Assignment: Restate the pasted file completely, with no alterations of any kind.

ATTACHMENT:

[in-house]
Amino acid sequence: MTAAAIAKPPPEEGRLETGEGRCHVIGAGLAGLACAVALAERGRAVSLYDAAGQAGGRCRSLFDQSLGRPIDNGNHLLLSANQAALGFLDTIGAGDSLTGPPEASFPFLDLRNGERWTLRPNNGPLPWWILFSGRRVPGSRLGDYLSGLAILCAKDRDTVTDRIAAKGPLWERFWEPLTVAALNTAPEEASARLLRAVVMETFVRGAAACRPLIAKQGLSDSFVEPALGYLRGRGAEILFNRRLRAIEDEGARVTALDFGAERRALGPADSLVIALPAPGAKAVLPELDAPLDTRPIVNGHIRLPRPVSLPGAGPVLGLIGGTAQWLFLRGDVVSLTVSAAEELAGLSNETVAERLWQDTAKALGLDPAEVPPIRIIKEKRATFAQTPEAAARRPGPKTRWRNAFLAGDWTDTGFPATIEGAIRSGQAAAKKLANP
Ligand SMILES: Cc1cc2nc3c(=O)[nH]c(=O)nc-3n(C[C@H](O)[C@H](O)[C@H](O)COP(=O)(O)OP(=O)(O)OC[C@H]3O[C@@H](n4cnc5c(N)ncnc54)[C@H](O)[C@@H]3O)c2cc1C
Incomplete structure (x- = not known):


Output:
[in-house]
Amino acid sequence: MTAAAIAKPPPEEGRLETGEGRCHVIGAGLAGLACAVALAERGRAVSLYDAAGQAGGRCRSLFDQSLGRPIDNGNHLLLSANQAALGFLDTIGAGDSLTGPPEASFPFLDLRNGERWTLRPNNGPLPWWILFSGRRVPGSRLGDYLSGLAILCAKDRDTVTDRIAAKGPLWERFWEPLTVAALNTAPEEASARLLRAVVMETFVRGAAACRPLIAKQGLSDSFVEPALGYLRGRGAEILFNRRLRAIEDEGARVTALDFGAERRALGPADSLVIALPAPGAKAVLPELDAPLDTRPIVNGHIRLPRPVSLPGAGPVLGLIGGTAQWLFLRGDVVSLTVSAAEELAGLSNETVAERLWQDTAKALGLDPAEVPPIRIIKEKRATFAQTPEAAARRPGPKTRWRNAFLAGDWTDTGFPATIEGAIRSGQAAAKKLANP
Ligand SMILES: Cc1cc2nc3c(=O)[nH]c(=O)nc-3n(C[C@H](O)[C@H](O)[C@H](O)COP(=O)(O)OP(=O)(O)OC[C@H]3O[C@@H](n4cnc5c(N)ncnc54)[C@H](O)[C@@H]3O)c2cc1C
Incomplete structure (x- = not known):